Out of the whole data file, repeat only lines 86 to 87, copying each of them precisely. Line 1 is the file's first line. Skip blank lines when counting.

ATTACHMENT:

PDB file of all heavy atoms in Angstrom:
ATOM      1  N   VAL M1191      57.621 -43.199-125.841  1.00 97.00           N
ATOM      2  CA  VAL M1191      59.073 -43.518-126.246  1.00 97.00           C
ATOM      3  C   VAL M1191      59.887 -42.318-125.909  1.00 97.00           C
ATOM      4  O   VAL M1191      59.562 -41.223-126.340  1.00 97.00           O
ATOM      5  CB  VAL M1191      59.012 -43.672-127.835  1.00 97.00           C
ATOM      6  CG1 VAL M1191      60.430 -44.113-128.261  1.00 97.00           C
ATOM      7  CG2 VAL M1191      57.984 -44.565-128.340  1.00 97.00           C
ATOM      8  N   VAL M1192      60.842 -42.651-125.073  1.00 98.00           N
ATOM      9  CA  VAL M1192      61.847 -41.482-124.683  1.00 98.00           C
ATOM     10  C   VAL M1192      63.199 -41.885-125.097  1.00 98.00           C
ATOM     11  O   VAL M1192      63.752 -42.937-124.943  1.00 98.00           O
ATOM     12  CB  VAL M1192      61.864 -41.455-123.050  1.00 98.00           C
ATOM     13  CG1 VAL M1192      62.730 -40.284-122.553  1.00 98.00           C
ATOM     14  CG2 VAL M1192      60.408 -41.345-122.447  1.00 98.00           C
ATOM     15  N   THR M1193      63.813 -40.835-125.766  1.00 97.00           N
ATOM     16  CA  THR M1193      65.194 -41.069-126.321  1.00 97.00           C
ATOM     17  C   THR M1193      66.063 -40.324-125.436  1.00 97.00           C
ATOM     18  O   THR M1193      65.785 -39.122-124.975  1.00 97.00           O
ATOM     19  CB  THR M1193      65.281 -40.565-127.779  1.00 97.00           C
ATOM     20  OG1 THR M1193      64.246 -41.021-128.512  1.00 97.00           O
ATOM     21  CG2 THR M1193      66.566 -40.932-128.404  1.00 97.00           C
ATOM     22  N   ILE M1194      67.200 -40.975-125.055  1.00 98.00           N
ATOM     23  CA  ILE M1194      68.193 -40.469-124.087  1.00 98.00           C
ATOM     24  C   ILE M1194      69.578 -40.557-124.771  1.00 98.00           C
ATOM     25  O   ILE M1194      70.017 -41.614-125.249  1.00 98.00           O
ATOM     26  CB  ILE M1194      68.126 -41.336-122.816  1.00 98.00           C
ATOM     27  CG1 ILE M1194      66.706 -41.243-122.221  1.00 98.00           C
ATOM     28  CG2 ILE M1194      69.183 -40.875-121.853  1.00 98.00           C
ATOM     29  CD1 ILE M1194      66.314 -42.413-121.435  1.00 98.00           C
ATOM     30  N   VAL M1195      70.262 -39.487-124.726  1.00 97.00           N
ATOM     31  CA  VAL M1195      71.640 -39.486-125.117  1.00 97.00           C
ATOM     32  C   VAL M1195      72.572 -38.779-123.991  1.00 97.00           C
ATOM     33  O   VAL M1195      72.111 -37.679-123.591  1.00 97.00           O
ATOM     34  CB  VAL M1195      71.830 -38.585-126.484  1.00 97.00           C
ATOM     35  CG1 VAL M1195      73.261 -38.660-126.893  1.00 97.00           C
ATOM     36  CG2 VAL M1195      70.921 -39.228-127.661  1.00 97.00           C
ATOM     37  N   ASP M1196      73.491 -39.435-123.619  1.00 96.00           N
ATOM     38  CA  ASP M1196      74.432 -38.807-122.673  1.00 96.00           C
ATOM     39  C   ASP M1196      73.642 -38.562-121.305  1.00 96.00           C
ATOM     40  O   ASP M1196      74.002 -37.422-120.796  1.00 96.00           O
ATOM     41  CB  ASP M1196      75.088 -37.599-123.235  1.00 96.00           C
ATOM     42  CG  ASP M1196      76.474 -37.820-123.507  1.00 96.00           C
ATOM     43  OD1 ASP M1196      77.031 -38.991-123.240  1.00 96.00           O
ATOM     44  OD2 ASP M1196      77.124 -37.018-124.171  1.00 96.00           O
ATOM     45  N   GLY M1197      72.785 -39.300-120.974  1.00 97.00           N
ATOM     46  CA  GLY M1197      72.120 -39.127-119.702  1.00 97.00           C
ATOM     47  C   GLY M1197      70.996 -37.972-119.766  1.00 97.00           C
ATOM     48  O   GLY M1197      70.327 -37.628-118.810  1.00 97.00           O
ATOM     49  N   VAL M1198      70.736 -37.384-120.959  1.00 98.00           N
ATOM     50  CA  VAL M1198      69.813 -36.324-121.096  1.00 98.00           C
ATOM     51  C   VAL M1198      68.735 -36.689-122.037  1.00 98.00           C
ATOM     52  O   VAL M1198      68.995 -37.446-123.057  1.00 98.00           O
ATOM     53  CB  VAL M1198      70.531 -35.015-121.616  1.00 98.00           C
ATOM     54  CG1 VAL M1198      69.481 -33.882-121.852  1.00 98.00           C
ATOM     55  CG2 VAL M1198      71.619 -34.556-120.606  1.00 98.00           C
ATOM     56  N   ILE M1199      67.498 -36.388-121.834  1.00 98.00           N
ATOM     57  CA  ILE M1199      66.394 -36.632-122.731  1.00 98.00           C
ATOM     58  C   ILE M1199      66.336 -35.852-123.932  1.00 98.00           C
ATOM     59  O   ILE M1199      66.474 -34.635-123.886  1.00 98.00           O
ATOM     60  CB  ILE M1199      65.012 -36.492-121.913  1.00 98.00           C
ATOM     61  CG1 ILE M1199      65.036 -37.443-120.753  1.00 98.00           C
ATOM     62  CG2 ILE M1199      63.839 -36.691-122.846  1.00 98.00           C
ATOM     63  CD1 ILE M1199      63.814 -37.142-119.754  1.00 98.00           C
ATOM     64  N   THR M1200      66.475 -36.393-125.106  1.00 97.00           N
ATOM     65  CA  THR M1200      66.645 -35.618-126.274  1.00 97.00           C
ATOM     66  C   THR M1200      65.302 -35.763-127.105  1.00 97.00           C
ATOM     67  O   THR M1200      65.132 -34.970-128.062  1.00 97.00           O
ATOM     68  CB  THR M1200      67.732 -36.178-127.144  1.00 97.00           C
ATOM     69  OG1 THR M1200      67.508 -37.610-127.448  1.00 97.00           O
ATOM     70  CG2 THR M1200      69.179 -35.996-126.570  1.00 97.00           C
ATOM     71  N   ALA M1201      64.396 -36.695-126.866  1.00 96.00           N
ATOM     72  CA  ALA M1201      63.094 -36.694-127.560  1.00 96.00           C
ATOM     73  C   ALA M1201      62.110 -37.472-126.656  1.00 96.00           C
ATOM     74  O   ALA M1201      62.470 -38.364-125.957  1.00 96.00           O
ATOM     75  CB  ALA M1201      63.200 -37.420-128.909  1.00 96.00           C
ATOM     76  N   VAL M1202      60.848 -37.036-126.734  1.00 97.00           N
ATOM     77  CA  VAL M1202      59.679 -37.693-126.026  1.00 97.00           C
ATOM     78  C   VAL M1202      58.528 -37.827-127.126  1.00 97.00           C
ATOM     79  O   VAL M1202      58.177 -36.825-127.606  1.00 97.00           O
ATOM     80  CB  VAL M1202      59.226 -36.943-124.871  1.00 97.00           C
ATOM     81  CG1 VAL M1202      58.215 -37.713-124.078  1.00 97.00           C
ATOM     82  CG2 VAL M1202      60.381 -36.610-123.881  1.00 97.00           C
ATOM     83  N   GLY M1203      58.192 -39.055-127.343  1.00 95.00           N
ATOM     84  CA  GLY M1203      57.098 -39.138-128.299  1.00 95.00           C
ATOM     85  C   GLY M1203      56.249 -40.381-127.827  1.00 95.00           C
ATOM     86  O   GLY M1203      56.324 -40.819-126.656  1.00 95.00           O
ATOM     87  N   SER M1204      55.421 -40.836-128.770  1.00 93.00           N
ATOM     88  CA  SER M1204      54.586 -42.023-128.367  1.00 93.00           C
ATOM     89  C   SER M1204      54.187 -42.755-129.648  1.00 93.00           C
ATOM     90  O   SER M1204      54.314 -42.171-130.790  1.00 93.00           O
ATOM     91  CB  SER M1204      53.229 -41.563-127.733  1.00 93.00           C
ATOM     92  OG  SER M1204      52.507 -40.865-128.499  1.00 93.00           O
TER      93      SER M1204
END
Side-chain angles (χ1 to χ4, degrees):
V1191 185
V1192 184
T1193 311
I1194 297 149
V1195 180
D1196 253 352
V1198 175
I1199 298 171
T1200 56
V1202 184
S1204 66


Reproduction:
ATOM     85  C   GLY M1203      56.249 -40.381-127.827  1.00 95.00           C
ATOM     86  O   GLY M1203      56.324 -40.819-126.656  1.00 95.00           O